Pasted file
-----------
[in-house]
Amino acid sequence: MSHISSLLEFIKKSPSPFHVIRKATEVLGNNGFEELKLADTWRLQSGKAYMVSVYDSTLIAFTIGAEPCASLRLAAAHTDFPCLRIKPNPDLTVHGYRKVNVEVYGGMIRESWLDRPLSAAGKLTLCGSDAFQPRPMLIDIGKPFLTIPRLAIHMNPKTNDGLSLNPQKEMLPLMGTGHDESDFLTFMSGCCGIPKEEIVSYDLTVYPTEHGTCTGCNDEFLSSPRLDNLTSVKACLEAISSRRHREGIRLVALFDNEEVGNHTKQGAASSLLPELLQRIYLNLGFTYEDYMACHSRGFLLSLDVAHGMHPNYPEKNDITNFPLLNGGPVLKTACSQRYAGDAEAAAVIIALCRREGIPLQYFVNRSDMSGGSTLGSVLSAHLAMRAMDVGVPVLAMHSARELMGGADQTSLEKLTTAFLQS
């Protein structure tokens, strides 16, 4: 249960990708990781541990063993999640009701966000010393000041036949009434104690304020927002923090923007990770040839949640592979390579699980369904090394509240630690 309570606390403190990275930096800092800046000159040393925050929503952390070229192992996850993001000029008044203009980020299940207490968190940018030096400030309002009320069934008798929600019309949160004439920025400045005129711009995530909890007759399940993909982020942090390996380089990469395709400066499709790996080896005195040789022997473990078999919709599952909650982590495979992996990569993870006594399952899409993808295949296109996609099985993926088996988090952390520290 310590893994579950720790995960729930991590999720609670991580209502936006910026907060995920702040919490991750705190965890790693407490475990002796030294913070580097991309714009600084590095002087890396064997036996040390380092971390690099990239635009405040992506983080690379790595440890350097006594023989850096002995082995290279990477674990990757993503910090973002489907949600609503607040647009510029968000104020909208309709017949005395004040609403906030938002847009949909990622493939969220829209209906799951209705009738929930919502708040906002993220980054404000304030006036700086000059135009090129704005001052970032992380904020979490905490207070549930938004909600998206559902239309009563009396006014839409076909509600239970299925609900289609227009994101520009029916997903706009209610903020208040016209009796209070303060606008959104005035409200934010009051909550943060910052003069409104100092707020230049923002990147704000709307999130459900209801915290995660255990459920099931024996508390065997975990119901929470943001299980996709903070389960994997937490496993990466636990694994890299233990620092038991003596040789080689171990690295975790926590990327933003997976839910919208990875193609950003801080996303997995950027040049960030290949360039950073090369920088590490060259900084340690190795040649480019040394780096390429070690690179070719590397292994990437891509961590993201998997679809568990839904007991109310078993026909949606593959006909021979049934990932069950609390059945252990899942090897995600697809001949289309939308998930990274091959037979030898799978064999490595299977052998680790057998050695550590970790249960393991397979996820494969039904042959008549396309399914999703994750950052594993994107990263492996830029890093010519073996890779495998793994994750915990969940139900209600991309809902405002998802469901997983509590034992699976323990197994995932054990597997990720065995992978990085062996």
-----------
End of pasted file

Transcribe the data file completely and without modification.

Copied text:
[in-house]
Amino acid sequence: MSHISSLLEFIKKSPSPFHVIRKATEVLGNNGFEELKLADTWRLQSGKAYMVSVYDSTLIAFTIGAEPCASLRLAAAHTDFPCLRIKPNPDLTVHGYRKVNVEVYGGMIRESWLDRPLSAAGKLTLCGSDAFQPRPMLIDIGKPFLTIPRLAIHMNPKTNDGLSLNPQKEMLPLMGTGHDESDFLTFMSGCCGIPKEEIVSYDLTVYPTEHGTCTGCNDEFLSSPRLDNLTSVKACLEAISSRRHREGIRLVALFDNEEVGNHTKQGAASSLLPELLQRIYLNLGFTYEDYMACHSRGFLLSLDVAHGMHPNYPEKNDITNFPLLNGGPVLKTACSQRYAGDAEAAAVIIALCRREGIPLQYFVNRSDMSGGSTLGSVLSAHLAMRAMDVGVPVLAMHSARELMGGADQTSLEKLTTAFLQS
């Protein structure tokens, strides 16, 4: 249960990708990781541990063993999640009701966000010393000041036949009434104690304020927002923090923007990770040839949640592979390579699980369904090394509240630690 309570606390403190990275930096800092800046000159040393925050929503952390070229192992996850993001000029008044203009980020299940207490968190940018030096400030309002009320069934008798929600019309949160004439920025400045005129711009995530909890007759399940993909982020942090390996380089990469395709400066499709790996080896005195040789022997473990078999919709599952909650982590495979992996990569993870006594399952899409993808295949296109996609099985993926088996988090952390520290 310590893994579950720790995960729930991590999720609670991580209502936006910026907060995920702040919490991750705190965890790693407490475990002796030294913070580097991309714009600084590095002087890396064997036996040390380092971390690099990239635009405040992506983080690379790595440890350097006594023989850096002995082995290279990477674990990757993503910090973002489907949600609503607040647009510029968000104020909208309709017949005395004040609403906030938002847009949909990622493939969220829209209906799951209705009738929930919502708040906002993220980054404000304030006036700086000059135009090129704005001052970032992380904020979490905490207070549930938004909600998206559902239309009563009396006014839409076909509600239970299925609900289609227009994101520009029916997903706009209610903020208040016209009796209070303060606008959104005035409200934010009051909550943060910052003069409104100092707020230049923002990147704000709307999130459900209801915290995660255990459920099931024996508390065997975990119901929470943001299980996709903070389960994997937490496993990466636990694994890299233990620092038991003596040789080689171990690295975790926590990327933003997976839910919208990875193609950003801080996303997995950027040049960030290949360039950073090369920088590490060259900084340690190795040649480019040394780096390429070690690179070719590397292994990437891509961590993201998997679809568990839904007991109310078993026909949606593959006909021979049934990932069950609390059945252990899942090897995600697809001949289309939308998930990274091959037979030898799978064999490595299977052998680790057998050695550590970790249960393991397979996820494969039904042959008549396309399914999703994750950052594993994107990263492996830029890093010519073996890779495998793994994750915990969940139900209600991309809902405002998802469901997983509590034992699976323990197994995932054990597997990720065995992978990085062996």